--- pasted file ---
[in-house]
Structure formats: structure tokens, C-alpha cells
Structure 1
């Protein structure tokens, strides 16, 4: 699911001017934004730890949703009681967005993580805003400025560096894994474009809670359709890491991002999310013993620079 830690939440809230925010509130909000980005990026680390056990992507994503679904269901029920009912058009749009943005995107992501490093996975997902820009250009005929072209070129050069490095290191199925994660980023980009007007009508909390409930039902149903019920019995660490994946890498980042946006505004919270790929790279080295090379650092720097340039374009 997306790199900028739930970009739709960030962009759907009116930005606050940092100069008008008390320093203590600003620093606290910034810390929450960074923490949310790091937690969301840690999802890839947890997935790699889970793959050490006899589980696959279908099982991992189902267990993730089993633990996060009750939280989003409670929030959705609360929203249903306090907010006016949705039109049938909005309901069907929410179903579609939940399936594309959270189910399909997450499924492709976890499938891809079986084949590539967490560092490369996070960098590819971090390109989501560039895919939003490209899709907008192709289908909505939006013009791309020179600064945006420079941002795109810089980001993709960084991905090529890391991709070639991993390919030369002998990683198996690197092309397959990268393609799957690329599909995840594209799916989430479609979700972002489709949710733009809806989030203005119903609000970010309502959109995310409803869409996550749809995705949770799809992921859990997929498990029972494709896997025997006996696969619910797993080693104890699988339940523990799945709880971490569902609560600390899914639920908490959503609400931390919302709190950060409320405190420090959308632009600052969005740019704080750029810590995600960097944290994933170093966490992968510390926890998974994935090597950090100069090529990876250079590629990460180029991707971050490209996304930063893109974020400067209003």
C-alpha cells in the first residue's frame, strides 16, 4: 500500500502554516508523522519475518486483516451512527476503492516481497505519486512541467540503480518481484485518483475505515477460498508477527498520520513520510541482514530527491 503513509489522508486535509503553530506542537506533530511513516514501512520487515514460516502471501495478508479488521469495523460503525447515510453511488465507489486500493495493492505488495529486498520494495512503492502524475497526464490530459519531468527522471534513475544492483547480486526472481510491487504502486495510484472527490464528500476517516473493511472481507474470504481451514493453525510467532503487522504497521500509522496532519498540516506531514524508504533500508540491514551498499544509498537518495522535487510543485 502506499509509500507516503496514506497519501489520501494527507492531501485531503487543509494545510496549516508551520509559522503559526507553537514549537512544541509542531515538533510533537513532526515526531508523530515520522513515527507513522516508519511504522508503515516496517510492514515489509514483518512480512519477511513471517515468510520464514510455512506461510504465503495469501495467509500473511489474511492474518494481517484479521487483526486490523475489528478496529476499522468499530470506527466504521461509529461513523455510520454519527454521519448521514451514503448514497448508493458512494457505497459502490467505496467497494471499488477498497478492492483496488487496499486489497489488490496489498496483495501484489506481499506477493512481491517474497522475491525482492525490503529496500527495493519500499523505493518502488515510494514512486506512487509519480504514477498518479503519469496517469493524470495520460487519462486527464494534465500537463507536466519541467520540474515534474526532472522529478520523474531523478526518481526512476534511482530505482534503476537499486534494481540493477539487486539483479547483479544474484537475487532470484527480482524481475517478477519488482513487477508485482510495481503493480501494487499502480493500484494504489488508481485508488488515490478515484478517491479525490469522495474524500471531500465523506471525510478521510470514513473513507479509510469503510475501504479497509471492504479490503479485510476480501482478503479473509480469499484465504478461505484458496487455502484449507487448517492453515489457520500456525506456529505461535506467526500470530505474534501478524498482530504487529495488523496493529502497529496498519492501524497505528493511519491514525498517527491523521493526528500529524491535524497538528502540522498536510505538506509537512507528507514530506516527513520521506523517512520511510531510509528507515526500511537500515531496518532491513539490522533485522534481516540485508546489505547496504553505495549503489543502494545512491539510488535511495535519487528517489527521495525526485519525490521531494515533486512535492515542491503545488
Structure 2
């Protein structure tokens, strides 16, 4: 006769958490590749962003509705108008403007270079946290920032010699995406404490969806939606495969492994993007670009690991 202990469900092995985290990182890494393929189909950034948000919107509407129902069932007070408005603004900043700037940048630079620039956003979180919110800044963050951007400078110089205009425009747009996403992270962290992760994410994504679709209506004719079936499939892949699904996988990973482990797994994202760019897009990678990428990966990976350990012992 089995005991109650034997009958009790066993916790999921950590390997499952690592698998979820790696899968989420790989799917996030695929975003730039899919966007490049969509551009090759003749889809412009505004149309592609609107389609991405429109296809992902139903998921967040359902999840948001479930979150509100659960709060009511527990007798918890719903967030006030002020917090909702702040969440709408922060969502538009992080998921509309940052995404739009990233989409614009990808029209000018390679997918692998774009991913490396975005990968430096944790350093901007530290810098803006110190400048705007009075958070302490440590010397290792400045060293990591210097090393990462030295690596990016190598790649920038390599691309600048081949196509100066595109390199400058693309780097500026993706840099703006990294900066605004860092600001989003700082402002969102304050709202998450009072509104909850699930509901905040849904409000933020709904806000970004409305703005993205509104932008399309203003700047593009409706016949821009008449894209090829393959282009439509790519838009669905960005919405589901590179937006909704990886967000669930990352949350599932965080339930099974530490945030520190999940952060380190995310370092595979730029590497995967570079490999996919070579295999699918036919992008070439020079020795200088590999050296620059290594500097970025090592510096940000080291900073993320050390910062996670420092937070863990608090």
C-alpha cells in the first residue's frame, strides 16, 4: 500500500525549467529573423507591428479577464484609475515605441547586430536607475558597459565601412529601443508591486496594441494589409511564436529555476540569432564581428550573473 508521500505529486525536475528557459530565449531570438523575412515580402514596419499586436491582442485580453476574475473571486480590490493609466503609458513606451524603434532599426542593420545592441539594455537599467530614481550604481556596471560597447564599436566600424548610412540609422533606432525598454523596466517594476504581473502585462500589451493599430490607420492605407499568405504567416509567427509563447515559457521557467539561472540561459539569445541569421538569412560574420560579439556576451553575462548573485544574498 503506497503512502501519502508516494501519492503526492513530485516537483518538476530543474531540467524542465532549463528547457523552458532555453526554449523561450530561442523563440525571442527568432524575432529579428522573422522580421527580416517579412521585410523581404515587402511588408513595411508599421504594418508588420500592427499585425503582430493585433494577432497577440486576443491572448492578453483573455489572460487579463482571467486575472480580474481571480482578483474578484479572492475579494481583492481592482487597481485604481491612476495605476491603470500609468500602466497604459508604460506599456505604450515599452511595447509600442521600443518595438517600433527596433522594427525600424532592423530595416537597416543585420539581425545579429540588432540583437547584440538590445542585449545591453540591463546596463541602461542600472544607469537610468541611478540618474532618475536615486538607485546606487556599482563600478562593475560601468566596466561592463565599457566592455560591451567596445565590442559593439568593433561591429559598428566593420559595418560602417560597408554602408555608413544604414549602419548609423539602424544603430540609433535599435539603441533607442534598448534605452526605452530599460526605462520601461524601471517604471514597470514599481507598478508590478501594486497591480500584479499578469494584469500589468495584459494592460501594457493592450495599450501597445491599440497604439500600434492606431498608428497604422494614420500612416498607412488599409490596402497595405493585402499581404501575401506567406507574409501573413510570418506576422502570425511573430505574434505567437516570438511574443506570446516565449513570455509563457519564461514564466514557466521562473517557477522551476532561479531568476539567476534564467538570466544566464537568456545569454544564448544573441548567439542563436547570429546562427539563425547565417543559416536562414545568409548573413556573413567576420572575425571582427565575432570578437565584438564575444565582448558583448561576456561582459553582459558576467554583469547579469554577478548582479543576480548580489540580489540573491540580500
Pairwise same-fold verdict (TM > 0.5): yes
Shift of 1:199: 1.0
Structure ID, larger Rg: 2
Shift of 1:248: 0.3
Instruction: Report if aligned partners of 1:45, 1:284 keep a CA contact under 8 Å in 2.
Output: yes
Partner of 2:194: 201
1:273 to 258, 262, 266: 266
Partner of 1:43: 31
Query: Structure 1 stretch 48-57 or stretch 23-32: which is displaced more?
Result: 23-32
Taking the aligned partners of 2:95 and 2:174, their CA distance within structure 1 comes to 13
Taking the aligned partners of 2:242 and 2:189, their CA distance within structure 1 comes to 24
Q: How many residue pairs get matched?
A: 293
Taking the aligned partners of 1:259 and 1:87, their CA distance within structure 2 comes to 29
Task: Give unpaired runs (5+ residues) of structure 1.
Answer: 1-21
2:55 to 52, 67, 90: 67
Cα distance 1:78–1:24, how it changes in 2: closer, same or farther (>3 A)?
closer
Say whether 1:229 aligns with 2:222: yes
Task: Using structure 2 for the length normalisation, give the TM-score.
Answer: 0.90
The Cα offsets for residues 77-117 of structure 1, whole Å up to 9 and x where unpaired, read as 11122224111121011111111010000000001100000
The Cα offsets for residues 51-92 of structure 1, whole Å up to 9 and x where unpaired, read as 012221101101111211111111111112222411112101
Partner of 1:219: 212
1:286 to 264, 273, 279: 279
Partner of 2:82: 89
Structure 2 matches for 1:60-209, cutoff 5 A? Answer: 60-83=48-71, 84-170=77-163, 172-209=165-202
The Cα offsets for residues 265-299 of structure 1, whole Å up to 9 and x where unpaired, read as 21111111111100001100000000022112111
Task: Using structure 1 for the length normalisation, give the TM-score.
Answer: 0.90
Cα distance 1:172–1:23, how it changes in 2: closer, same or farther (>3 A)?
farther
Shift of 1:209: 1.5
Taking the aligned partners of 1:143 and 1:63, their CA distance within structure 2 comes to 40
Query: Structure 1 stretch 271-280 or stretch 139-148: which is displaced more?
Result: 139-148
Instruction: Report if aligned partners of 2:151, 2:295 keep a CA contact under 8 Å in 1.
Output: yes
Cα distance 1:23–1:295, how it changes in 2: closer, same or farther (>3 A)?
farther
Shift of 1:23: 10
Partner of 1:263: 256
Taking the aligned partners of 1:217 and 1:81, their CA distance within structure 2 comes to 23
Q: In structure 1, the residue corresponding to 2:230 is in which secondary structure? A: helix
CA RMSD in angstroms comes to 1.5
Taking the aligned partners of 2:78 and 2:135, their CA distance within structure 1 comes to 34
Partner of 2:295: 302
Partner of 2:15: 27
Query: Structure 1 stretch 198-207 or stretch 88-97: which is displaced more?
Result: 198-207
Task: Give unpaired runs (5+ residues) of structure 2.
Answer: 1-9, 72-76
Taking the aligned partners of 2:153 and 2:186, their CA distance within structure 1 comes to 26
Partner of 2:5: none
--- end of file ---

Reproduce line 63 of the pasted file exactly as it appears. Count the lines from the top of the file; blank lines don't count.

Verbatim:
Answer: 1-9, 72-76